United States

Interstate Highway System





At the end of the 19th century, there was only one motorized vehicle on the road for every 18,000 Americans.  Roads were made of packed dirt or mud, and outside of the towns there were no gas stations or street signs.  This changed in 1908 with Henry Ford’s invention of the Model T, and by 1927 Ford had sold 15 million automobiles; cars had become a necessity instead of a luxury.  Roads were built, however designs and colors varied from one state to another, resulting in confusion among motorists.


President Dwight Eisenhower signed the Federal-Aid Highway Act in 1956, creating a 41,000-mile national system of interstate highways that would, according to Eisenhower, eliminate unsafe roads and inefficient routes, and would promote speedy, safe transcontinental travel.  He felt that in the event of an atomic attack on key U.S.  cities, the highways would allow quick evacuation.  In addition to connecting the nation, the highways would provide ground transport routes for military supplies and troop deployments in the event of a foreign invasion.  The allocation of $26 billion to fund the project, which standardized U.S. highway signs, was paid for by way of an increased gasoline tax.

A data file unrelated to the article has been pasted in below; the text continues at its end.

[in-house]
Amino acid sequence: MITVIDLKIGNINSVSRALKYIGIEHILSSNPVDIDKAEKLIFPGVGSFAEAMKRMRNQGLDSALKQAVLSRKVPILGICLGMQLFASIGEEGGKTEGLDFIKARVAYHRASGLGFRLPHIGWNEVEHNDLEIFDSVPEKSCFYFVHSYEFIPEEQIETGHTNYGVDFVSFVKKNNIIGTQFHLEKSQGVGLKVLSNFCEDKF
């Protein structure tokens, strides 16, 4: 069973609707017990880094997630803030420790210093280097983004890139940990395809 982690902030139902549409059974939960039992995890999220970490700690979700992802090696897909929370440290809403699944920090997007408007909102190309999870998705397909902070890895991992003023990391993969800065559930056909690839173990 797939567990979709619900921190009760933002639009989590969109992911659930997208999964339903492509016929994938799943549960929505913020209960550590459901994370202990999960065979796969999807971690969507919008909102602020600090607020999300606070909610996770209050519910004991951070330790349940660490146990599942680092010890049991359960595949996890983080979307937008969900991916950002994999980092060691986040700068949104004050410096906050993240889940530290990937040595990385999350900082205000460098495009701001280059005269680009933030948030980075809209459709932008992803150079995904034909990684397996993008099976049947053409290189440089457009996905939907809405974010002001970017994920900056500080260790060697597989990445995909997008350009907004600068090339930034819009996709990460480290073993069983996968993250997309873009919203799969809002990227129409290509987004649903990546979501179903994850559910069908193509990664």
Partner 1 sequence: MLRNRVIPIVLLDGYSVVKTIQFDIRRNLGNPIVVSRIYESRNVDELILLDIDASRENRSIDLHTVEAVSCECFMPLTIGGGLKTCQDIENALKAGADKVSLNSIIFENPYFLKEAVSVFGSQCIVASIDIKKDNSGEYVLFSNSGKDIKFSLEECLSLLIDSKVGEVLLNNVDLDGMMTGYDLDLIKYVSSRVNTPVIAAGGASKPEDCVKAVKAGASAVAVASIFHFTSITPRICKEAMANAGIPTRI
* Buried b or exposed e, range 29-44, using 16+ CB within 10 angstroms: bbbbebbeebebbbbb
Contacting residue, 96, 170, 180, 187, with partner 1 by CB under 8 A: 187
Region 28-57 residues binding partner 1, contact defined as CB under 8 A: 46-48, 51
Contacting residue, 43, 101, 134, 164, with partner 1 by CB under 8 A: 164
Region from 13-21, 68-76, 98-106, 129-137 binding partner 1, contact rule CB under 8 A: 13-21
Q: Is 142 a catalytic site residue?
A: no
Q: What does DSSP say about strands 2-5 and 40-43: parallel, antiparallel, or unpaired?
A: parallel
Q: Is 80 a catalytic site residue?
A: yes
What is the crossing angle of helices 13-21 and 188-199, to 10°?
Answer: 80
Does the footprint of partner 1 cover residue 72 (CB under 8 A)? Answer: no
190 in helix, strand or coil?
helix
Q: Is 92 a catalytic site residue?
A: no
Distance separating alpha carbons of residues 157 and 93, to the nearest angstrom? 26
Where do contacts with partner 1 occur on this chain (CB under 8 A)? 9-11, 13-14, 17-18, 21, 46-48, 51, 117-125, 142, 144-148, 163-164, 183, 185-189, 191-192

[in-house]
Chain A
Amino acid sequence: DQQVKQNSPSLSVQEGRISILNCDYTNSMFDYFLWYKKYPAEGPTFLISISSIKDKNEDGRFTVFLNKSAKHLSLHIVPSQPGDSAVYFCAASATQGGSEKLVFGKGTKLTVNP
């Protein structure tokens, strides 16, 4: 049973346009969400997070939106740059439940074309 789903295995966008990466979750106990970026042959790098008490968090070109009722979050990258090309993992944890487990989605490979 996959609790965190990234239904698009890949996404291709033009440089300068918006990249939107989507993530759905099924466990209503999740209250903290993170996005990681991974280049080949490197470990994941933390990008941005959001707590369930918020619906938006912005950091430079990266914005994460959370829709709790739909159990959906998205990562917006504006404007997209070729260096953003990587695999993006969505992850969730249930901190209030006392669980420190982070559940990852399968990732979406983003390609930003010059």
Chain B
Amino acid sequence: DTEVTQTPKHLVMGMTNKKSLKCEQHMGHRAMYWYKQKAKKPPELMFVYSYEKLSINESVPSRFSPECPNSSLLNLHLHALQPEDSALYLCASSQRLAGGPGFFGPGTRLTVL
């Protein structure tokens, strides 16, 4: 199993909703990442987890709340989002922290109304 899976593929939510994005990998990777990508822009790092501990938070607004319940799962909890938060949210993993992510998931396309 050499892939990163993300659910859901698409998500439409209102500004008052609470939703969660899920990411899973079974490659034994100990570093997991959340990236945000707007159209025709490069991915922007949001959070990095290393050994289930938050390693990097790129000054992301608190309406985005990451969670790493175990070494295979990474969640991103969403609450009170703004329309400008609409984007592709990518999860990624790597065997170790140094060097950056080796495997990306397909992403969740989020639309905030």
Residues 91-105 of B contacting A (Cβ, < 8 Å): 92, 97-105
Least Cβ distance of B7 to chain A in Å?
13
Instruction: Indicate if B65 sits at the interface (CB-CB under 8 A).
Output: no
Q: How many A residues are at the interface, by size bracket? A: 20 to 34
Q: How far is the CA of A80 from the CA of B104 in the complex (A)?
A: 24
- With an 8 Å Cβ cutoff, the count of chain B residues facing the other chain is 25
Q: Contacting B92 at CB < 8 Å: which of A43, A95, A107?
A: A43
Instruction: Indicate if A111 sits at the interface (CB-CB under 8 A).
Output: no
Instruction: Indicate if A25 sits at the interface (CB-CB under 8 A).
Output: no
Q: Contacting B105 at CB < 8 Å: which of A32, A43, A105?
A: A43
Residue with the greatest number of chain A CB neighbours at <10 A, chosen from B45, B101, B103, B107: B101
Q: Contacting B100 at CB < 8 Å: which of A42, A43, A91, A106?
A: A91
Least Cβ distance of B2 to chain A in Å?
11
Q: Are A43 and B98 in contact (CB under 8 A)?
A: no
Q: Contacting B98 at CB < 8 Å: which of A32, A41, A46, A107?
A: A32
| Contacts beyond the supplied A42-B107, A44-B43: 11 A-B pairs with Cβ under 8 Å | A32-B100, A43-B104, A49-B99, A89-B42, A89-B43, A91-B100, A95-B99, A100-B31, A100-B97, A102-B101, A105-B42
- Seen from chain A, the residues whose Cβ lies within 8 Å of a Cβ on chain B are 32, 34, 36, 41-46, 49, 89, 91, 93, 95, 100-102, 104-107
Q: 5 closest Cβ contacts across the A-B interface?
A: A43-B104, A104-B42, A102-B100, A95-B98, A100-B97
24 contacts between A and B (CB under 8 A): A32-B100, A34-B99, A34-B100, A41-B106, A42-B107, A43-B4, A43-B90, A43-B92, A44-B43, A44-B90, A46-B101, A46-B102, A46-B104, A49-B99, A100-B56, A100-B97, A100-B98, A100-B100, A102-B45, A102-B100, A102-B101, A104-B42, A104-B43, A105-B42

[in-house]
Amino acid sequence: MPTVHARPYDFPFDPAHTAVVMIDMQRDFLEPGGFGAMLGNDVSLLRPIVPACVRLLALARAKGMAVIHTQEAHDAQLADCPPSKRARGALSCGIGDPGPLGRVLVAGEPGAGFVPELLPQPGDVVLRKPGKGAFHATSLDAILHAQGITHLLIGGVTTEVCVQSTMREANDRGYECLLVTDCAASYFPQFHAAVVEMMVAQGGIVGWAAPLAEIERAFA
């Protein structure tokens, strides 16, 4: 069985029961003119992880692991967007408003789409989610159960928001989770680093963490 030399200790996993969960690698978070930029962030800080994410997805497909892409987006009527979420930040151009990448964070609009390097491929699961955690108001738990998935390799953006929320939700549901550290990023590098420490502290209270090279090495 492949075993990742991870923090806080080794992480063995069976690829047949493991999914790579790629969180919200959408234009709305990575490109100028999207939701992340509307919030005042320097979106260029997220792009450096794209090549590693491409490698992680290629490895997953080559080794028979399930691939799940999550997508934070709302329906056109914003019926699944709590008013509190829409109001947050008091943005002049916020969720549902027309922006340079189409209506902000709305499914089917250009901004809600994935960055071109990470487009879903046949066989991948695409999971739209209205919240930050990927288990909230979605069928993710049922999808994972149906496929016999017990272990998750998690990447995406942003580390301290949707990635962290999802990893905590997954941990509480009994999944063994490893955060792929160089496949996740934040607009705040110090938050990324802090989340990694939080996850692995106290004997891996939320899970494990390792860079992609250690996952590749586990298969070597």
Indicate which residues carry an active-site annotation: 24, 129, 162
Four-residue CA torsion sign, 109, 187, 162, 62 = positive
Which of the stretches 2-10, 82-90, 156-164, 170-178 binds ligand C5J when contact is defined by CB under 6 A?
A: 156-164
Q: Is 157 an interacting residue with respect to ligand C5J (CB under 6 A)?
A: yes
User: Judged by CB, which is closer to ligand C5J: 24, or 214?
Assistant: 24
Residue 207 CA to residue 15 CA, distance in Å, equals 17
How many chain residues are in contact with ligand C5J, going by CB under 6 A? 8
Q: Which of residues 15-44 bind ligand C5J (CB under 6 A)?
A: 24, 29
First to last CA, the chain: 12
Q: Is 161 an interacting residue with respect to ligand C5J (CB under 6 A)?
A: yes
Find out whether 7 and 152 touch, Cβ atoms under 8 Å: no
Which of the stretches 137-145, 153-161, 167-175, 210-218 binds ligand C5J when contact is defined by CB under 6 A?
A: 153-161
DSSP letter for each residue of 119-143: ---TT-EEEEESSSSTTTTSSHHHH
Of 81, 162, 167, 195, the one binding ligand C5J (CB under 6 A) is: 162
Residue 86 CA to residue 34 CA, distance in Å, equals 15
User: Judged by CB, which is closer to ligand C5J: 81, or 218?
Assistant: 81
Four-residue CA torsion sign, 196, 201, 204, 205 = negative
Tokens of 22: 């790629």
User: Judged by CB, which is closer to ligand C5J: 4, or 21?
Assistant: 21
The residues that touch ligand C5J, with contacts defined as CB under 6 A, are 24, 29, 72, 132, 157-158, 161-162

The existence of the Interstate Highway System has had a huge impact on the country.  It accelerated the development of commerce throughout the nation, allowing trucks to move quickly from one region to another.  It has increased the mobility of Americans, enabling them to move out of the cities into the suburbs, and to travel quickly from one area to another for vacation and business.  The economic impact of the Act is still felt today due to the maintenance required for the highways.



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